Clinical trials and the RRRR cycle

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I just got back from one of the world’s largest stroke meetings, the European Stroke Organisation Conference (ESOC), held this year in Gothenburg, Sweden. The overwhelming focus of the conference is on groundbreaking large clinical trials, reports of which dominate the plenary-like sessions of the schedule. One thing I’ve noticed about talks on clinical trials is how, every year, the speakers go to great lengths to emphasize some (positive) ethical, methodological, or statistical aspect of their study.

This is the result of something that I like to call the RRRR cyle (pronounced “ARRARRARRARR” or “rrrr” or “quadruple R” or whichever way won’t scare/excite those in your immediate vicinity at that moment in time). It usually starts with loud opposition (reprimand) to some aspect of how clinical trials are run or reported. This usually comes from statisticians, ethicists, or more methodologically inclined researchers. Eventually, a small scandal ensues, and clinical researchers yield (usually after some resistance). They change their ways (repentance) and, in doing so, become fairly vocal about what they’re now doing better (representation)*.

Examples that I’ve experienced in my career as a stroke researcher thus far are:

  • Treating polytomous variables as such instead of binarizing them (the term “shift analysis” – in the context of outcome variables – is now an indispensable part of the clinical stroke researcher’s lexicon).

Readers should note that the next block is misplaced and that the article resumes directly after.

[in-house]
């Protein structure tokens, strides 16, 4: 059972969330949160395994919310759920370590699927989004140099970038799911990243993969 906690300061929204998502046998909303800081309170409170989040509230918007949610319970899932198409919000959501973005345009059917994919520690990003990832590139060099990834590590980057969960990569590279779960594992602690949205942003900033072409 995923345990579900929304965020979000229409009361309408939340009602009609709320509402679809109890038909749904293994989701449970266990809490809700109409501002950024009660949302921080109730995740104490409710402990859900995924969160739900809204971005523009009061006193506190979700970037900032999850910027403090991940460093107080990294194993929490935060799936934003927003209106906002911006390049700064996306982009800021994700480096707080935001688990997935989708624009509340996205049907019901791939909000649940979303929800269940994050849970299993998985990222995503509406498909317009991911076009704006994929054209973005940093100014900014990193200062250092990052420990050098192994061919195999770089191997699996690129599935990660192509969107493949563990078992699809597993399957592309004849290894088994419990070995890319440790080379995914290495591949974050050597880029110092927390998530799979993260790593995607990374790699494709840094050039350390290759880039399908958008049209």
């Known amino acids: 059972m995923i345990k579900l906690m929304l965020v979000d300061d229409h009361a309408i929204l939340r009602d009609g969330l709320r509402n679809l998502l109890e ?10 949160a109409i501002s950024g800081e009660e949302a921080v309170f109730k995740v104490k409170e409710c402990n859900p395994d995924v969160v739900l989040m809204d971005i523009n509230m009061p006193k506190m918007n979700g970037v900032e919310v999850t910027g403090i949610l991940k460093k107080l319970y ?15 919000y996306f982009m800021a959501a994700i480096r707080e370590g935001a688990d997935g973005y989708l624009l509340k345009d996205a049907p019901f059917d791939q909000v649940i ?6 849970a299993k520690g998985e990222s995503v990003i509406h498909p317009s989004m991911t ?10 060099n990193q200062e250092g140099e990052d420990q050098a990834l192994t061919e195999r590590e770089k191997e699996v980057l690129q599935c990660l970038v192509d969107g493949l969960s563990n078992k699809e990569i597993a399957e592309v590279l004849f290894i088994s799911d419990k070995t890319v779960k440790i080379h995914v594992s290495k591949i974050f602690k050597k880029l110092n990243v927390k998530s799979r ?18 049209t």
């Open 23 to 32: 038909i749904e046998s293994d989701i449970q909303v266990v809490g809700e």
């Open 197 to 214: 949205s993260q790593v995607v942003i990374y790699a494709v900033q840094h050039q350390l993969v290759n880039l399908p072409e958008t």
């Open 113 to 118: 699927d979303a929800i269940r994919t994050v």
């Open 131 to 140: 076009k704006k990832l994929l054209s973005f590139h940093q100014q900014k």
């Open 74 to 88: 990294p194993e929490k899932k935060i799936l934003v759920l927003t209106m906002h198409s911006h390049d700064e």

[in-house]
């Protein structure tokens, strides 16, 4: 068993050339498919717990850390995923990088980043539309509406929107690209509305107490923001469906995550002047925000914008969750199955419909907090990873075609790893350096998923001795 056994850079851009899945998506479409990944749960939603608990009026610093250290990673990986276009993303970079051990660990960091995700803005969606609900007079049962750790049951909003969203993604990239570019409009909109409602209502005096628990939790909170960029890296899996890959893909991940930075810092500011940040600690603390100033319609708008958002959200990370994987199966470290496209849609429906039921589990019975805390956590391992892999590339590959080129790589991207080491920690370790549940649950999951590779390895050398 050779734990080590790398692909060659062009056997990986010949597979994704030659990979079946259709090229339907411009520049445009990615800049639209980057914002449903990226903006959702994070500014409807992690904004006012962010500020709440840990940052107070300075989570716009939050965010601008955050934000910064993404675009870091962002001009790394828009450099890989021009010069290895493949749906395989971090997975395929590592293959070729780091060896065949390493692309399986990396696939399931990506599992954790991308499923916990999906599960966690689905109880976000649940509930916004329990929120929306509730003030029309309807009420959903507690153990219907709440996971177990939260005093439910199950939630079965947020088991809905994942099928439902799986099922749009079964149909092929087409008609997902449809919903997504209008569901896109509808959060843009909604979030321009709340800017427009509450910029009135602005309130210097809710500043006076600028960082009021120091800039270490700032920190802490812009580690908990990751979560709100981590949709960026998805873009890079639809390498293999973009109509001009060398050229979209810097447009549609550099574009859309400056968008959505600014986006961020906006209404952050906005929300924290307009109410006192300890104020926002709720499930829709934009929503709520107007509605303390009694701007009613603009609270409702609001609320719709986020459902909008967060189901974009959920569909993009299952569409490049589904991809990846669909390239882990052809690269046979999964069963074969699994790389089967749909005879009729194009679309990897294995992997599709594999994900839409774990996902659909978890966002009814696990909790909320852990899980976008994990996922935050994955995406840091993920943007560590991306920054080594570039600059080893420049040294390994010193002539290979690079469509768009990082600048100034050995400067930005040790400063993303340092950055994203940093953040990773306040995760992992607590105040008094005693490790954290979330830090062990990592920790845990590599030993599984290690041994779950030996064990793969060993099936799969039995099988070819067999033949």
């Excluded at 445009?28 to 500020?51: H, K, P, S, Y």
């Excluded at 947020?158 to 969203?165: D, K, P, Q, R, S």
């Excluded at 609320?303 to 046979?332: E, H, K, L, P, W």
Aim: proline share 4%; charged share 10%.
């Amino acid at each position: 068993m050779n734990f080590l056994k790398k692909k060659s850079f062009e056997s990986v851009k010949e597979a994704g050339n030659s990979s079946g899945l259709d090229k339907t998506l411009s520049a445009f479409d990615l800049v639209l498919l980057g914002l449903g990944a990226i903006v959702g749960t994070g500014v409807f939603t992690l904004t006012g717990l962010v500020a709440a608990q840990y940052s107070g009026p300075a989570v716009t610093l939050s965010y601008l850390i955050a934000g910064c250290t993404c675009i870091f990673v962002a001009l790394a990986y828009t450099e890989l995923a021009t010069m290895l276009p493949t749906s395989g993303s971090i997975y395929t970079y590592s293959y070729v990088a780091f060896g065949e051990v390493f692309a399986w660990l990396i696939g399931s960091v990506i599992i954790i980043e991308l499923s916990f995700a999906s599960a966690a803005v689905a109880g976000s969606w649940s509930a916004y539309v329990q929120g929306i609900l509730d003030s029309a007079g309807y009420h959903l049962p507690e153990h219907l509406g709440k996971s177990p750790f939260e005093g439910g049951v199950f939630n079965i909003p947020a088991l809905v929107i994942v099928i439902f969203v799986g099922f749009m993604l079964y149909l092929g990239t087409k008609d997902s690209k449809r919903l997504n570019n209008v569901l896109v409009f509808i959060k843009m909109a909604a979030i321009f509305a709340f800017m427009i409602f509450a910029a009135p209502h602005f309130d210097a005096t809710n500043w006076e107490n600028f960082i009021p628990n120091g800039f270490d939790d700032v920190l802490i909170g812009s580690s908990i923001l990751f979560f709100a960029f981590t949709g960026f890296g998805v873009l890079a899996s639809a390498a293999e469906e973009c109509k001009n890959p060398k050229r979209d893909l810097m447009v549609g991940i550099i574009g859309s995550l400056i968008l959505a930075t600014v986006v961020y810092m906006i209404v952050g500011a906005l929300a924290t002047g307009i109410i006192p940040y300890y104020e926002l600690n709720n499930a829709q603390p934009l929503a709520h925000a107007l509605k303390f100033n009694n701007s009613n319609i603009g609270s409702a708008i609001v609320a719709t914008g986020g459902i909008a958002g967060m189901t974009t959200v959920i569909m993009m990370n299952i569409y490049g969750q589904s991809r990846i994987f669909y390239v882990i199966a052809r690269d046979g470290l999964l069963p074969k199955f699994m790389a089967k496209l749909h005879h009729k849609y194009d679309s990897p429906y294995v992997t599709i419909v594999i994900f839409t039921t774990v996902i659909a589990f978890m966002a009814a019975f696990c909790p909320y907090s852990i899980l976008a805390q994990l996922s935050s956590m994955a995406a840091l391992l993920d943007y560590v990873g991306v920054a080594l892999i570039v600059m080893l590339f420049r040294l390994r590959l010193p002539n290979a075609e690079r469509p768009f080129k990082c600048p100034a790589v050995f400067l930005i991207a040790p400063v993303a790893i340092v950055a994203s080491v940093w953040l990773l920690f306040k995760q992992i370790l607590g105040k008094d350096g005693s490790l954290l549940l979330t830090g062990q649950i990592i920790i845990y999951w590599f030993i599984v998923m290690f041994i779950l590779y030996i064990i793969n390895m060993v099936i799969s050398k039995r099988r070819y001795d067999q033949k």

• Pre-specifying hypotheses, especially when it comes to analyzing subgroups.
  • Declaring potential conflicts of interest.

Most of these practices are quite fundamental and may have been standard in other fields before making their way to the clinical trial world (delays might be caused by a lack of communication across fields).  Still, it’s undoubtedly a good thing that we learn from our mistakes, change, and give ourselves a subtle pat on the back every time we put what we’ve learned to use.

The reason I bring it up is, maybe soon someone** could start making some noise about one of the following issues that come up way too often in my opinion:

  • (Mis-)interpreting p-values that are close to 0.05, and how this is affected by confirmation bias.

  • Testing if groups are “balanced” in terms of baseline/demographic variables in trials using “traditional” statistical methods instead of equivalence testing.

As the ESOC meeting keeps reminding me, a lot can be done in a year. So I’m pretty optimistic we can get some of these changes implemented by ESOC 2019 in Milan!


* If you think this particular acronym is unnecessary or a bit of a stretch, I fully agree. I also urge you to take a look at this paper for a list of truly ridiculous acronyms (all from clinical trials of course).

** I would, but I’m not really the type – I’d be glad to loudly bang the drums after someone gets the party started, though.

 

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